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Cupid and Campaspe  (1584) 
by John Lyly
from Campaspe, 1584


Cupid and my Campaspe play'dEdit

Cupid campaspe

Cupid and Campaspe. Print by Joseph Strutt, after Thomas Stoddard; published by Mary Ryland, 1790. Courtesy British Museum.

Cupid and Campaspe by John Lyly

Cupid and Campaspe by John Lyly. Clarica Poetry Moment POEM


Cupid and my Campaspe play'd
At cards for kisses – Cupid paid:
He stakes his quiver, bow and arrows,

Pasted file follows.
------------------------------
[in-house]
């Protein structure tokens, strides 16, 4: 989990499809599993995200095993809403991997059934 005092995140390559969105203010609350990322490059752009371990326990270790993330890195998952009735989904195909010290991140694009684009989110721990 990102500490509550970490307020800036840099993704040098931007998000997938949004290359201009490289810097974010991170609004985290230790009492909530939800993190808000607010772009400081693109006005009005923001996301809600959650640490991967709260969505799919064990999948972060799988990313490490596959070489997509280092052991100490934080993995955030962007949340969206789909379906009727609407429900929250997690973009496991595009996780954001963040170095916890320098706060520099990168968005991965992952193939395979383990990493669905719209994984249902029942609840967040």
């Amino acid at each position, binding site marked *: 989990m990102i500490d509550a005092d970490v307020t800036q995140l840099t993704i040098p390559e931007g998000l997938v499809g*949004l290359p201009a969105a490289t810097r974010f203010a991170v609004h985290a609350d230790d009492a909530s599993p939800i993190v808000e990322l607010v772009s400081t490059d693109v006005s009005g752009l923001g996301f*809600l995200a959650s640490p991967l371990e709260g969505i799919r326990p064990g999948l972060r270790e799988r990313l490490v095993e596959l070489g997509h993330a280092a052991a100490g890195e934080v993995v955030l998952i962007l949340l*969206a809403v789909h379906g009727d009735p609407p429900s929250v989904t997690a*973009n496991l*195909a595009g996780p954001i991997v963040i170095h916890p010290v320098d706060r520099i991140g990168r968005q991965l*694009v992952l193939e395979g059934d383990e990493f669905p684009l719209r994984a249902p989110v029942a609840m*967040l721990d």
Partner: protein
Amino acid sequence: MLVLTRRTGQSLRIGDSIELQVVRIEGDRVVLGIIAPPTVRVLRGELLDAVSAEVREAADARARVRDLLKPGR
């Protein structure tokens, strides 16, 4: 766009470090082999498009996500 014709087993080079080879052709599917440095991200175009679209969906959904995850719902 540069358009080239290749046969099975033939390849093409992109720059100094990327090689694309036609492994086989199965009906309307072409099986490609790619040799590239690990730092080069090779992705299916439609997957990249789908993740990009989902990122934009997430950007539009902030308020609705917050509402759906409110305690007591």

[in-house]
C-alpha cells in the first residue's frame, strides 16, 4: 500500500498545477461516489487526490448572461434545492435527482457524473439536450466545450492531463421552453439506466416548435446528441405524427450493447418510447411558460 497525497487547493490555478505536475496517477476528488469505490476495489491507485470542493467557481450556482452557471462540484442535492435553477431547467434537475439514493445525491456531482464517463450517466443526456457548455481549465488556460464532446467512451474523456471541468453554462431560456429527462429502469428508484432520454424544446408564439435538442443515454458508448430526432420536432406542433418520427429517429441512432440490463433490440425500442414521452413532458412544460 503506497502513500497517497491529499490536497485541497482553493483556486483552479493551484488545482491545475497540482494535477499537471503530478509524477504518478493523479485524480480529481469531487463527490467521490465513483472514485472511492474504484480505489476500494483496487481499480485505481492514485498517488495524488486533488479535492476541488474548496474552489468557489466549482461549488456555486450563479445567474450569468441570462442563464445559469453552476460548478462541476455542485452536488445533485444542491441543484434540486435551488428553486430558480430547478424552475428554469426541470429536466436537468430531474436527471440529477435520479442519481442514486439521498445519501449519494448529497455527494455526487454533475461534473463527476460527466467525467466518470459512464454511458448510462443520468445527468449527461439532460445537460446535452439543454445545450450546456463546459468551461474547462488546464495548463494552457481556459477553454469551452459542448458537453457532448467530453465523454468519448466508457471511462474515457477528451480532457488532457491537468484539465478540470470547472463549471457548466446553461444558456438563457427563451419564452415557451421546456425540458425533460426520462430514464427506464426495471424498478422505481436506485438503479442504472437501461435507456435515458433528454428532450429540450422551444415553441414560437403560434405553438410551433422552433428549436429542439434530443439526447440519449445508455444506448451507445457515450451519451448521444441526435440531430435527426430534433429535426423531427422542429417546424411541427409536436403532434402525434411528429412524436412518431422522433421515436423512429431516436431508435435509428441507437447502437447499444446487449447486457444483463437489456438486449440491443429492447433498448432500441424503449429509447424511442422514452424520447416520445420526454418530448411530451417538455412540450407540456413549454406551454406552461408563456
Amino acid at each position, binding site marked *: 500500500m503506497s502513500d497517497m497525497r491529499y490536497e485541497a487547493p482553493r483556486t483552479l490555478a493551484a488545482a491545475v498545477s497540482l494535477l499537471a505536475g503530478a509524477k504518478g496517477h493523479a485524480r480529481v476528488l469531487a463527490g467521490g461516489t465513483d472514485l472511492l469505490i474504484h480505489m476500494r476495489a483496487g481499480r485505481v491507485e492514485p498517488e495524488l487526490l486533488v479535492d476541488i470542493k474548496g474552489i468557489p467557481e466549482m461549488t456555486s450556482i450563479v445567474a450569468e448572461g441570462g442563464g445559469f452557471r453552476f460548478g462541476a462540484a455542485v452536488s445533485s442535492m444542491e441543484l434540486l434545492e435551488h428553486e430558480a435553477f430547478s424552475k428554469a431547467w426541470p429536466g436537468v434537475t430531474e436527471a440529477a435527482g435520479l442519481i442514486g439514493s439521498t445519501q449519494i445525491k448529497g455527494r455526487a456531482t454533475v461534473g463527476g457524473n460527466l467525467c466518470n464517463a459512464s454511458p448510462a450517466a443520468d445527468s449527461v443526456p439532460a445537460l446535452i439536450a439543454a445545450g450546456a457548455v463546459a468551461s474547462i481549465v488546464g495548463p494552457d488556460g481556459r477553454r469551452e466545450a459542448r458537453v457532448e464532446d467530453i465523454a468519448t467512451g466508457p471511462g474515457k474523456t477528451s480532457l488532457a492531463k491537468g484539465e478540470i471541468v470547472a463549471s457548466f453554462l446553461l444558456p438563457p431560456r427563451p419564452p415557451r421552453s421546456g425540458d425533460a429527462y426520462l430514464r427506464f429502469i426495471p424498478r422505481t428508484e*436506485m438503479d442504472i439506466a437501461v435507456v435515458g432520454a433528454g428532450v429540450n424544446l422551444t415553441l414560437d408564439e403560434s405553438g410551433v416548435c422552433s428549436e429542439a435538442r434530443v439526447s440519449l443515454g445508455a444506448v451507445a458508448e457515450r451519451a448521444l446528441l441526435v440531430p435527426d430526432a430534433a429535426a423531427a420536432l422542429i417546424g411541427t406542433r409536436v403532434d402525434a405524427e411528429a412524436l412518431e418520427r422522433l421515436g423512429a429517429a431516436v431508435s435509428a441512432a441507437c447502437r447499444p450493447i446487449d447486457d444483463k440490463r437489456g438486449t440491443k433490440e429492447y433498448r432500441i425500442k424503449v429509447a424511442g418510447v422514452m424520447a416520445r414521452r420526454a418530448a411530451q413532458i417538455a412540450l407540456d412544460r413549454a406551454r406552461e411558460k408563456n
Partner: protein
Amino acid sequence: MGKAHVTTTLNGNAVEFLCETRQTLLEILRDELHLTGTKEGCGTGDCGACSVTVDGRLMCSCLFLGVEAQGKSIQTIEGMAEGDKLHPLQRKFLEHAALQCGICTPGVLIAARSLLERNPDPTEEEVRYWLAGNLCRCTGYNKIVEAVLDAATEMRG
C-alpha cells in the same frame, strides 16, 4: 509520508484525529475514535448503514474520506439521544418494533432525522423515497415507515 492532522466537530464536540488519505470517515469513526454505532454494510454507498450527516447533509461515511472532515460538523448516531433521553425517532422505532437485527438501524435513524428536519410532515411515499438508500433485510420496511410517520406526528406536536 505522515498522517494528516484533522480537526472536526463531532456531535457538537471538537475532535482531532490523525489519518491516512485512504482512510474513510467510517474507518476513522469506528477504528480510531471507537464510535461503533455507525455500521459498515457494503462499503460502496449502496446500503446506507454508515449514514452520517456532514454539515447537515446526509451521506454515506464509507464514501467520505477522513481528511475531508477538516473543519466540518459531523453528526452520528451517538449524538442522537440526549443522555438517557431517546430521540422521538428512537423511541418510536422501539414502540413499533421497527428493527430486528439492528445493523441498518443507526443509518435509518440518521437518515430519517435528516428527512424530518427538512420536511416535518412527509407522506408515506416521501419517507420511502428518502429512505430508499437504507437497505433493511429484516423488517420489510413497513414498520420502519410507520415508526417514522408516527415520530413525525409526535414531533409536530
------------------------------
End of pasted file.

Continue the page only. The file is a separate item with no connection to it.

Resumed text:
His mother's doves, and team of sparrows;
Loses them too; then down he throws
The coral of his lip, the rose
Growing on's cheek (but none knows how);
With these, the crystal of his brow,
And then the dimple of his chin:
All these did my Campaspe win.
At last he set her both his eyes,
She won, and Cupid blind did rise.
O Love! has she done this to thee?
What shall (alas!) become of me?

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This poem is in the public domain